Sabga-Aboud apologises for "careless words" on CNN's 'Parts Unknown' episode

Chairman of the Global Brands Group of Companies, Mario Sabga-Aboud has issued a statement apologising for statements made of the recent CNN production, ‘Parts Unknown’ that featured Trinidad and Tobago.

Sabga-Aboud has been receiving criticism after he said that while people of Syrian descent represented 1 percent of the population, they were the ‘most powerful’.

In the conversation that followed during a family dinner with ‘Parts Unknown’ host Anthony Bourdain, another family member made reference to the diminishing middle-class and expressed fear that it would no longer serve as a buffer between the “haves” and the “have nots”, leading to possible civil commotion.


But today Sabga-Aboud is admitting that his words were ‘careless” and misrepresented himself and his values.

The following is Sabga-Aboud’s statement issued today:

“On the recently broadcast CNN show ‘Parts Unknown’ I used careless words in referring to the standing of citizens of Middle Eastern descent in our society, and ended up misrepresenting myself and my values. I have never taken for granted the blessing to be a born and bred Trinbagonian.

I am, and have always been humbled by the opportunities and support I have received in my over 30 years in business in T&T. Over these many years, I have met with many people across the wider society who in one way or another have positively impacted and enriched my life.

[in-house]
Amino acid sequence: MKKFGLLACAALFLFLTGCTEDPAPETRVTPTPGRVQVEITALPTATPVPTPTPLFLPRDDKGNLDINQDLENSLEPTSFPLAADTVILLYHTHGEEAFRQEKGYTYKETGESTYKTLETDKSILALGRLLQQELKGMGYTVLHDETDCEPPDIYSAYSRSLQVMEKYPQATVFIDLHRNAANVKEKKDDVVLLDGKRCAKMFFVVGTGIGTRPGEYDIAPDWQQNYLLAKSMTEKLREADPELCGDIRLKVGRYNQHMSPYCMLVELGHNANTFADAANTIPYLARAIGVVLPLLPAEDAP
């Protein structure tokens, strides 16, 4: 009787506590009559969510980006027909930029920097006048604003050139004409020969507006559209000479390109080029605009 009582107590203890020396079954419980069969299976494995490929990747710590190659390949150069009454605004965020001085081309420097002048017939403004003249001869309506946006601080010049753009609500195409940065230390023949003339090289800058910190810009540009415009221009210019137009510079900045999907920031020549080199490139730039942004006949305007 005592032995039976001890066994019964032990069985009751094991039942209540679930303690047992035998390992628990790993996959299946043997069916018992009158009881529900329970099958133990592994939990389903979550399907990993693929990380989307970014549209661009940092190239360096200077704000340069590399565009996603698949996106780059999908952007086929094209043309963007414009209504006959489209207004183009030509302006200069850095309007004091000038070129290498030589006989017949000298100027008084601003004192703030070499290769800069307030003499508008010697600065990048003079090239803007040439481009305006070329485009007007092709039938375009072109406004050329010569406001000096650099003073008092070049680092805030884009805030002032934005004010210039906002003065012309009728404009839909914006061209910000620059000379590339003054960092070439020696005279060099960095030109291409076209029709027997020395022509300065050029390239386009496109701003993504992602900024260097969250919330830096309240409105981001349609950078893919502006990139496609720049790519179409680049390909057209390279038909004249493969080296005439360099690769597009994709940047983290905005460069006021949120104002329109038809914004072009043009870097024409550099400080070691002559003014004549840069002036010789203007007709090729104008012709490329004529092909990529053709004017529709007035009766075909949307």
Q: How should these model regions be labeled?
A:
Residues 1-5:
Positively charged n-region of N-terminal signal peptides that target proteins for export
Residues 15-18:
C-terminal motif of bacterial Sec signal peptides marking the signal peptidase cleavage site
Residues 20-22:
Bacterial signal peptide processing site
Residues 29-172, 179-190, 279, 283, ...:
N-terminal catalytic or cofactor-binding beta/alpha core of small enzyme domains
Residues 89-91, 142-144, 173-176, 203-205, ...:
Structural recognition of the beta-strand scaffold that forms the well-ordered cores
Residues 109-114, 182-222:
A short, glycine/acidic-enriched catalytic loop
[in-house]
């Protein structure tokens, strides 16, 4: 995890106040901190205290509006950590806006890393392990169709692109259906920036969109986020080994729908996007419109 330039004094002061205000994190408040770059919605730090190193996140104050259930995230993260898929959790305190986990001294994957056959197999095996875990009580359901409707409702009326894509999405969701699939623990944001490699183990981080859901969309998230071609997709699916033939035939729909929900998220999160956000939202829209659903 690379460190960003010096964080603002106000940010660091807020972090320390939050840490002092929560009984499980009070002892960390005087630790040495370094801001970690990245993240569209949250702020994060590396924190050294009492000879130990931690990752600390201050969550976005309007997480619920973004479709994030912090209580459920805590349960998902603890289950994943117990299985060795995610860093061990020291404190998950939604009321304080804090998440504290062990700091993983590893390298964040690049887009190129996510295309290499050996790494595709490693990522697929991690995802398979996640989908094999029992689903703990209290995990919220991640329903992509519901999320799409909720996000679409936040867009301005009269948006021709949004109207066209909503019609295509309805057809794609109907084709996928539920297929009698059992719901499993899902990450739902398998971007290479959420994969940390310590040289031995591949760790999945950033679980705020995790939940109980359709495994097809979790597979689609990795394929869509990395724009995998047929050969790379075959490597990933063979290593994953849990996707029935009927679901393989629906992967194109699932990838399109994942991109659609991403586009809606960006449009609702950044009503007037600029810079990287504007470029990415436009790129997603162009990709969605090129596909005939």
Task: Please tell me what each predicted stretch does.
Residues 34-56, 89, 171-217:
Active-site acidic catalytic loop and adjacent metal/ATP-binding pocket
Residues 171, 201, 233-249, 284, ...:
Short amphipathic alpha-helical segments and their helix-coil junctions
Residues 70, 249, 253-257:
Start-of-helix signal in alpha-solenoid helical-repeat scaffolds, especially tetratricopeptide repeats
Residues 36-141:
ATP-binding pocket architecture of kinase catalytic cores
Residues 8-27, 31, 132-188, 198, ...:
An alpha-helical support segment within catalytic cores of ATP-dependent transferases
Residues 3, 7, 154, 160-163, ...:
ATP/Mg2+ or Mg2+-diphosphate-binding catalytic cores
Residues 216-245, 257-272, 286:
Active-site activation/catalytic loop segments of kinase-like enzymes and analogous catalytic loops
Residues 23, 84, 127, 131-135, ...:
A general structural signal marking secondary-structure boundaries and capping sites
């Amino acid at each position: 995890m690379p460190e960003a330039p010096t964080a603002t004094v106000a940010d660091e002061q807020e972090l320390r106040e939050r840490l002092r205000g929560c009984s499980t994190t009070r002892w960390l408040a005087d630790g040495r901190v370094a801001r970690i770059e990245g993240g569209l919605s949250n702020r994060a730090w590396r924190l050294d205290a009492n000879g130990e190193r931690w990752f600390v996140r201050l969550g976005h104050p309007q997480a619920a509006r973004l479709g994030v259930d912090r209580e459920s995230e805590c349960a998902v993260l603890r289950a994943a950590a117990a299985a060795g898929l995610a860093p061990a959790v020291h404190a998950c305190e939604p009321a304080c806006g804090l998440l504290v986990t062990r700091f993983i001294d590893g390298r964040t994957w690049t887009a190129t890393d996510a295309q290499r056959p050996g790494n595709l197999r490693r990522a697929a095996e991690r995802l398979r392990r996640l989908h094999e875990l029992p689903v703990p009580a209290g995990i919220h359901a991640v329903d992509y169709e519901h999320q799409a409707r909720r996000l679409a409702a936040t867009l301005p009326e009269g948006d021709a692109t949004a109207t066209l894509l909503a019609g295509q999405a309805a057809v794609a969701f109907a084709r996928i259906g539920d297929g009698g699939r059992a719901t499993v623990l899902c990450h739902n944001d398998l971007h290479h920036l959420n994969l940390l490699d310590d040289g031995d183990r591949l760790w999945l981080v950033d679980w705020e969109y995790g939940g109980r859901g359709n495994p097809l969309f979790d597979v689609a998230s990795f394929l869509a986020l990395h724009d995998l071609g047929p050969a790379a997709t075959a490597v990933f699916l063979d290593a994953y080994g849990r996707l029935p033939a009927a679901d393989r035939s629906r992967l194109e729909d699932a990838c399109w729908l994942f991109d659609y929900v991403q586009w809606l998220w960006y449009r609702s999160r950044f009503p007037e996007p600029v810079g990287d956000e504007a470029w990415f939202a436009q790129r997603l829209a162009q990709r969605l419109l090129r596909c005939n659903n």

This is testament to the amazing people of this country and as a Trinbagonian, I cherish that and I o­ffer my deepest apologies to anyone whom I o­ended. I always treat with appreciation, love and respect the members of my sta­, many of whom are like my family because they have been with me for over 25 and 30 years, and are fundamentally the reason for my accomplishments.

This was a regrettable moment where my excitement led me to misrepresent myself as boastful instead of proud. Though I cannot retract my words, I hope that you all recognise my remorse and accept my sincere apology.”


Source: Guardian


  1. As a Trinidad-born US citizen in Florida I watched with deep interest (and some trepidation) the Anthony Bourdain show on Trinidad/Tobago. Bourdain’s show has always been informative and fairly balanced, given the time limits and the fact that it is entertainment, mostly about food, (Bourdain is a highly respected chef) with ratings and profit as a prime reason for the show’s existence at all. It is not to be taken as serious documentary. Mario Sabga-Aboud’s remarks might have been incomplete or at worst inept, but if Bourdain had done a similar interview with a member of one of the old French Creole families he might well have come away with the same responses. I’d like to have seen more of the history and cultural diversity of Trinidad and less ‘wining’ but what can you expect for an hour’s worth of entertainment. Mario Sabga, don’t waste your time with apologies, be proud of your heritage and use Bourdain as your platform to do good works for your country and for all Trinis. There are serious issues to be addressed to be sure, as there are in any country, and we don’t fix anything with apologies. Bill Cadiz.